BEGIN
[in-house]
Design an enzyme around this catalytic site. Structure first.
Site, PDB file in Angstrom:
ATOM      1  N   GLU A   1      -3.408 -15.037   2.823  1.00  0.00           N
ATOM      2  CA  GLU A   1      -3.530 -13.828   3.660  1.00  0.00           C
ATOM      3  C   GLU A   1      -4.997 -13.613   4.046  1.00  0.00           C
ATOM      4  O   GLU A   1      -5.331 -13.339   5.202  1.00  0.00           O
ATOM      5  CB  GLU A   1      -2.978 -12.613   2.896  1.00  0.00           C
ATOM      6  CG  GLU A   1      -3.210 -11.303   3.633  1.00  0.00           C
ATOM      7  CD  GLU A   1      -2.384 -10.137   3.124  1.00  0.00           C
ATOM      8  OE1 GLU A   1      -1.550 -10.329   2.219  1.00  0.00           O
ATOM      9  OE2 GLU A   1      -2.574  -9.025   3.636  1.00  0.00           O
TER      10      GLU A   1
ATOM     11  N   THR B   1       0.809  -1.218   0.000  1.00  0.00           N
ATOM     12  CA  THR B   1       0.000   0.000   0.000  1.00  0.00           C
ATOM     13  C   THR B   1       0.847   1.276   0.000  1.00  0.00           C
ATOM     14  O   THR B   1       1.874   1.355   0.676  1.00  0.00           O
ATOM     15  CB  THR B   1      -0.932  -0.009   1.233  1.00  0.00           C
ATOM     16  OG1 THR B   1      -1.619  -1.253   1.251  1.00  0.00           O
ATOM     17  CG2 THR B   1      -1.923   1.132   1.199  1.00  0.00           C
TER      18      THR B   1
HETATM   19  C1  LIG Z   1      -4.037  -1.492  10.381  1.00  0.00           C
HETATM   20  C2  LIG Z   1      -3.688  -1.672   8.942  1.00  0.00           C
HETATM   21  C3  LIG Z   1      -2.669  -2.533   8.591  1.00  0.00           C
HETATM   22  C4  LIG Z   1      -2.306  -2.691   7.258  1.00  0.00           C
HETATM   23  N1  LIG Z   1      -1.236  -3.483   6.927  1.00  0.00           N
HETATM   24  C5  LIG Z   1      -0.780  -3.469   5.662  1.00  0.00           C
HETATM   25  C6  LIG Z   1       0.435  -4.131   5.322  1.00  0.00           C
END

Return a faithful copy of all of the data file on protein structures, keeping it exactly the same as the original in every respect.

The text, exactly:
[in-house]
Design an enzyme around this catalytic site. Structure first.
Site, PDB file in Angstrom:
ATOM      1  N   GLU A   1      -3.408 -15.037   2.823  1.00  0.00           N
ATOM      2  CA  GLU A   1      -3.530 -13.828   3.660  1.00  0.00           C
ATOM      3  C   GLU A   1      -4.997 -13.613   4.046  1.00  0.00           C
ATOM      4  O   GLU A   1      -5.331 -13.339   5.202  1.00  0.00           O
ATOM      5  CB  GLU A   1      -2.978 -12.613   2.896  1.00  0.00           C
ATOM      6  CG  GLU A   1      -3.210 -11.303   3.633  1.00  0.00           C
ATOM      7  CD  GLU A   1      -2.384 -10.137   3.124  1.00  0.00           C
ATOM      8  OE1 GLU A   1      -1.550 -10.329   2.219  1.00  0.00           O
ATOM      9  OE2 GLU A   1      -2.574  -9.025   3.636  1.00  0.00           O
TER      10      GLU A   1
ATOM     11  N   THR B   1       0.809  -1.218   0.000  1.00  0.00           N
ATOM     12  CA  THR B   1       0.000   0.000   0.000  1.00  0.00           C
ATOM     13  C   THR B   1       0.847   1.276   0.000  1.00  0.00           C
ATOM     14  O   THR B   1       1.874   1.355   0.676  1.00  0.00           O
ATOM     15  CB  THR B   1      -0.932  -0.009   1.233  1.00  0.00           C
ATOM     16  OG1 THR B   1      -1.619  -1.253   1.251  1.00  0.00           O
ATOM     17  CG2 THR B   1      -1.923   1.132   1.199  1.00  0.00           C
TER      18      THR B   1
HETATM   19  C1  LIG Z   1      -4.037  -1.492  10.381  1.00  0.00           C
HETATM   20  C2  LIG Z   1      -3.688  -1.672   8.942  1.00  0.00           C
HETATM   21  C3  LIG Z   1      -2.669  -2.533   8.591  1.00  0.00           C
HETATM   22  C4  LIG Z   1      -2.306  -2.691   7.258  1.00  0.00           C
HETATM   23  N1  LIG Z   1      -1.236  -3.483   6.927  1.00  0.00           N
HETATM   24  C5  LIG Z   1      -0.780  -3.469   5.662  1.00  0.00           C
HETATM   25  C6  LIG Z   1       0.435  -4.131   5.322  1.00  0.00           C